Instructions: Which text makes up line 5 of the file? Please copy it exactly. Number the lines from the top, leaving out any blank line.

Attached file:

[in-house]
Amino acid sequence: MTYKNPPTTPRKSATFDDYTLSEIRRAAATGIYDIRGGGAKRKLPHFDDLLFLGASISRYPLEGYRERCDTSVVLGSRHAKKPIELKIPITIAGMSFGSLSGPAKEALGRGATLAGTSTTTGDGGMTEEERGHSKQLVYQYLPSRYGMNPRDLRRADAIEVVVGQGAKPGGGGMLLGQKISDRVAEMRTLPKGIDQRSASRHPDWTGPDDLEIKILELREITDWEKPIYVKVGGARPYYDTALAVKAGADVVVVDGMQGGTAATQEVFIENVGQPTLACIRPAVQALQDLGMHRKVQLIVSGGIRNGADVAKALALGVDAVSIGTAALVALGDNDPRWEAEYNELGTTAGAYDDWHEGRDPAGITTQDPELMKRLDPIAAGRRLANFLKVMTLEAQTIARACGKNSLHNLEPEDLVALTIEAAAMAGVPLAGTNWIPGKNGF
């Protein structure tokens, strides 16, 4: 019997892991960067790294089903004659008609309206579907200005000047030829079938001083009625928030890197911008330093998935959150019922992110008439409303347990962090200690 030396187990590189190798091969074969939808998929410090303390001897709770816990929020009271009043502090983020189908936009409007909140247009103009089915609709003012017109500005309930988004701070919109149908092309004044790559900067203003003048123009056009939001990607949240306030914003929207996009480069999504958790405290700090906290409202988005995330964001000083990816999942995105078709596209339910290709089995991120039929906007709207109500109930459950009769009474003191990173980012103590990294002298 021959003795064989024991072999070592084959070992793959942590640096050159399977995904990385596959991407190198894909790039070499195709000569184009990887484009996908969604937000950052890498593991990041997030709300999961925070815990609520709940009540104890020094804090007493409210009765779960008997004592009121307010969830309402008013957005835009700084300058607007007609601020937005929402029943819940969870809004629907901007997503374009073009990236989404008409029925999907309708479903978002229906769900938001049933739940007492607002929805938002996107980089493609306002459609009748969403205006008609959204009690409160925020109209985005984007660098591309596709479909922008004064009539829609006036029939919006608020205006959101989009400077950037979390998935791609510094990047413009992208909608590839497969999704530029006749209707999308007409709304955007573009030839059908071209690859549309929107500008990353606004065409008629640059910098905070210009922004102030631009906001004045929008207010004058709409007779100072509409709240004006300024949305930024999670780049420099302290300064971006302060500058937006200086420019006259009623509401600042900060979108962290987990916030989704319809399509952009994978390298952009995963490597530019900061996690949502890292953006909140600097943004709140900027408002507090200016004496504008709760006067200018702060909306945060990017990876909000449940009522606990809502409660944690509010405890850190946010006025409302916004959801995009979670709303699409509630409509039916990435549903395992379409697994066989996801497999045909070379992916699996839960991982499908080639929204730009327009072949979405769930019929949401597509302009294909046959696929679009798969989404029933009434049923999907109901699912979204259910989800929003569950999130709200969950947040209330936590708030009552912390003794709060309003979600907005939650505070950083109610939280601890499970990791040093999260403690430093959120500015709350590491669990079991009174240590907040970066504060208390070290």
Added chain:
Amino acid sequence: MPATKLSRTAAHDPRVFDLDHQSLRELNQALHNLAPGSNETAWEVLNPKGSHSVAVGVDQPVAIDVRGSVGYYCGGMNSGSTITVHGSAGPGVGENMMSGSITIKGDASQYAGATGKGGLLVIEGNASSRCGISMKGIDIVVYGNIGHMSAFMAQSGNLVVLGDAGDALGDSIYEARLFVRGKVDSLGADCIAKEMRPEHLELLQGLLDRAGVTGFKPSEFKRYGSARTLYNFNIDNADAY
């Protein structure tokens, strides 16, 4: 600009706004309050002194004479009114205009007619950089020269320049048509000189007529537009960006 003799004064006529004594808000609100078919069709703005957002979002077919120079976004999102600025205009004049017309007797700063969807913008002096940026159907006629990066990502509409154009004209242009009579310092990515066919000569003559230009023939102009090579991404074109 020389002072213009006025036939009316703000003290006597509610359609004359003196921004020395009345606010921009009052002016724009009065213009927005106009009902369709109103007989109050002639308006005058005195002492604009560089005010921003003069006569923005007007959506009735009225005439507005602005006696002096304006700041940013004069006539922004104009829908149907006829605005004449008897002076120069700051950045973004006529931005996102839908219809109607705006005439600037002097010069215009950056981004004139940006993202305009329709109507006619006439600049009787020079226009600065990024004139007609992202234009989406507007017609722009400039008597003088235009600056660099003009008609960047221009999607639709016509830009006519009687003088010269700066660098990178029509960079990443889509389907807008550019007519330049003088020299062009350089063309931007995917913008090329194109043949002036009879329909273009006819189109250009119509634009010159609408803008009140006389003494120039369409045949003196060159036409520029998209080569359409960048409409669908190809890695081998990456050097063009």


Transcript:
Amino acid sequence: MPATKLSRTAAHDPRVFDLDHQSLRELNQALHNLAPGSNETAWEVLNPKGSHSVAVGVDQPVAIDVRGSVGYYCGGMNSGSTITVHGSAGPGVGENMMSGSITIKGDASQYAGATGKGGLLVIEGNASSRCGISMKGIDIVVYGNIGHMSAFMAQSGNLVVLGDAGDALGDSIYEARLFVRGKVDSLGADCIAKEMRPEHLELLQGLLDRAGVTGFKPSEFKRYGSARTLYNFNIDNADAY